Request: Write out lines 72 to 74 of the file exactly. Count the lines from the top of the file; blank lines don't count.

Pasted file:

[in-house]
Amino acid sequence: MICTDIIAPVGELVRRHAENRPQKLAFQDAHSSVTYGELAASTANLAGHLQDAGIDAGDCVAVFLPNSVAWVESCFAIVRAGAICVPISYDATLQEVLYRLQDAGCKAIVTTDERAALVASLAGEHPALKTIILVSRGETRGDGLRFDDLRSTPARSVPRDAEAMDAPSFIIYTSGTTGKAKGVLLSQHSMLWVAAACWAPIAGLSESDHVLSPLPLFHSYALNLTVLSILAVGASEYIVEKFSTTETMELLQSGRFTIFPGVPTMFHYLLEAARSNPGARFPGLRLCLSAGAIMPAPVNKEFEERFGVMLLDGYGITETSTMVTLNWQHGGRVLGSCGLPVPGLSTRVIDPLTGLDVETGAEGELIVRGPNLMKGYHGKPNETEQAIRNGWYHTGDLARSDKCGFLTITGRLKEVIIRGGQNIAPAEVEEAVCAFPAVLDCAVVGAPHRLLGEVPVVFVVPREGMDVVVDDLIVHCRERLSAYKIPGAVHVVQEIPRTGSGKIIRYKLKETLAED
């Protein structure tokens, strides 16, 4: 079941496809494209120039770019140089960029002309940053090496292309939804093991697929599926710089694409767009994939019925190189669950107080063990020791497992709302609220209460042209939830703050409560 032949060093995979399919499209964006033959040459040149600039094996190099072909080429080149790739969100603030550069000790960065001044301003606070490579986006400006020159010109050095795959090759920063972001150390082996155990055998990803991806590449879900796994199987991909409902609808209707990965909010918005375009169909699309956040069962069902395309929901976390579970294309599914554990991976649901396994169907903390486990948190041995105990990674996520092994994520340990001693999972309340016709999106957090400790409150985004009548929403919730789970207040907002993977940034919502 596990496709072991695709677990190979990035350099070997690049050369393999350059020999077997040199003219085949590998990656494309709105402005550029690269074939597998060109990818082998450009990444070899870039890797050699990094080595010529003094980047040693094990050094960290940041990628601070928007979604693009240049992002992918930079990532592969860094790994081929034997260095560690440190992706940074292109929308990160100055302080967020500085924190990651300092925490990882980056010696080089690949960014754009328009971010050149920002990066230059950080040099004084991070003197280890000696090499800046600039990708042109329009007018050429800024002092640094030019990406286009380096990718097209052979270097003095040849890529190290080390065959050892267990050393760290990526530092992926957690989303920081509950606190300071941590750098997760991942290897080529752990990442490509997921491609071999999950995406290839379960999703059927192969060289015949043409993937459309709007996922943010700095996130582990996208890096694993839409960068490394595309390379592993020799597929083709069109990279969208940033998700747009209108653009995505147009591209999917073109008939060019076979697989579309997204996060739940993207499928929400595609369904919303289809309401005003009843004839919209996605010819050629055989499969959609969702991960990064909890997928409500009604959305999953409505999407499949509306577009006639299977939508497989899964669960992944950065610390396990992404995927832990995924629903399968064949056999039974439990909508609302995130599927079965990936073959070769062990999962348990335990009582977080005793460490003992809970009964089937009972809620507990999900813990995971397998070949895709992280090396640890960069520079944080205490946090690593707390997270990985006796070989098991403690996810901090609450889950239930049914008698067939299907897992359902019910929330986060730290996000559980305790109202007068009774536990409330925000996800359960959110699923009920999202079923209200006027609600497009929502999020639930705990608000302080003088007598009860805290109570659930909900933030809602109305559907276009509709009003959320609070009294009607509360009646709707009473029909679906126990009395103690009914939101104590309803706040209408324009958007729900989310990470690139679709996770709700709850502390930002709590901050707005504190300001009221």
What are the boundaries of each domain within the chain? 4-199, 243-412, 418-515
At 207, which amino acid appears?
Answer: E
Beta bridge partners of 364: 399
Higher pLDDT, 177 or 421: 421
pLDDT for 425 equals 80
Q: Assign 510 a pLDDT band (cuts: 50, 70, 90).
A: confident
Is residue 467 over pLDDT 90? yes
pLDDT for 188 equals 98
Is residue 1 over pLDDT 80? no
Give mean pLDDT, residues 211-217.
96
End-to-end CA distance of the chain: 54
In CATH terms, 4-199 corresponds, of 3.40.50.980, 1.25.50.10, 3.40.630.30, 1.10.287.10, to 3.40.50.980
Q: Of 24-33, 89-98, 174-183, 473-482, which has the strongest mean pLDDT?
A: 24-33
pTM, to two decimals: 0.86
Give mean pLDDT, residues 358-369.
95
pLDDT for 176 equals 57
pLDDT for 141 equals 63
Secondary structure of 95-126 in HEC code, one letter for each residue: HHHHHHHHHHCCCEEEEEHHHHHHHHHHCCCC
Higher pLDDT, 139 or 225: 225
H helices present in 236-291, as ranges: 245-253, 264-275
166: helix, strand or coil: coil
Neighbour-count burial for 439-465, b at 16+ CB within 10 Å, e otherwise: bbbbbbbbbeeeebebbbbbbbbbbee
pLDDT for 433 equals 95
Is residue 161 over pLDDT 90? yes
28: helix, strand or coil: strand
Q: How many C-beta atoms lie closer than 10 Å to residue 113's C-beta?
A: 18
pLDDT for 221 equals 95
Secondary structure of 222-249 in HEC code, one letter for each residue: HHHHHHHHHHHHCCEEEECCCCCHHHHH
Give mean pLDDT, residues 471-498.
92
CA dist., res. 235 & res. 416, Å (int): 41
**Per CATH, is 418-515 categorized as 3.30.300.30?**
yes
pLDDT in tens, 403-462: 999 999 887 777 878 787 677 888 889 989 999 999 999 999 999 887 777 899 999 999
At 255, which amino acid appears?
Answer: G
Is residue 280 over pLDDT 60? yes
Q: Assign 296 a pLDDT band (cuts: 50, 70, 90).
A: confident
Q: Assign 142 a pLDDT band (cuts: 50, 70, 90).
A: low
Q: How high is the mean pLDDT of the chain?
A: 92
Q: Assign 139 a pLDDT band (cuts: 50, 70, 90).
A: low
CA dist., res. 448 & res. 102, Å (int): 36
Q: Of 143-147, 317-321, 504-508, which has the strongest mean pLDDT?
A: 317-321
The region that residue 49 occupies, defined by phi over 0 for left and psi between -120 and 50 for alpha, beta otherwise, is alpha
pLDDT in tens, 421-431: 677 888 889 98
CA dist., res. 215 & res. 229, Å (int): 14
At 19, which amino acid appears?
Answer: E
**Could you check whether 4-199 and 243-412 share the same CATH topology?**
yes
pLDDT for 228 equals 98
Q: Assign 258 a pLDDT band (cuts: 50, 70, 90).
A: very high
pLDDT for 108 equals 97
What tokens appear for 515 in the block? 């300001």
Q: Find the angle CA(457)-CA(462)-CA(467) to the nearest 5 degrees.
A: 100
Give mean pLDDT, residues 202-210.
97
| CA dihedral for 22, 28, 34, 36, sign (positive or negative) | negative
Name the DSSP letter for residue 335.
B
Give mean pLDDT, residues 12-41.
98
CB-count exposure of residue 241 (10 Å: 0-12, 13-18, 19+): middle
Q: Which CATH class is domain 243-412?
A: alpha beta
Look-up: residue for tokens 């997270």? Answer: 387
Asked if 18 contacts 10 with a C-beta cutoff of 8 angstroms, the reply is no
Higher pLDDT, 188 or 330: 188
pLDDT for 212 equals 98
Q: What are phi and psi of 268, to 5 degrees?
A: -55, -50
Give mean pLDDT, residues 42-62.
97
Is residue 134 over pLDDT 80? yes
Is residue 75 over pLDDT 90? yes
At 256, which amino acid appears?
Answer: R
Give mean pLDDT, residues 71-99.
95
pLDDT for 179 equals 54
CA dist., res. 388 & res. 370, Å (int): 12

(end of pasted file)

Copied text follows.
Give mean pLDDT, residues 202-210.
97
| CA dihedral for 22, 28, 34, 36, sign (positive or negative) | negative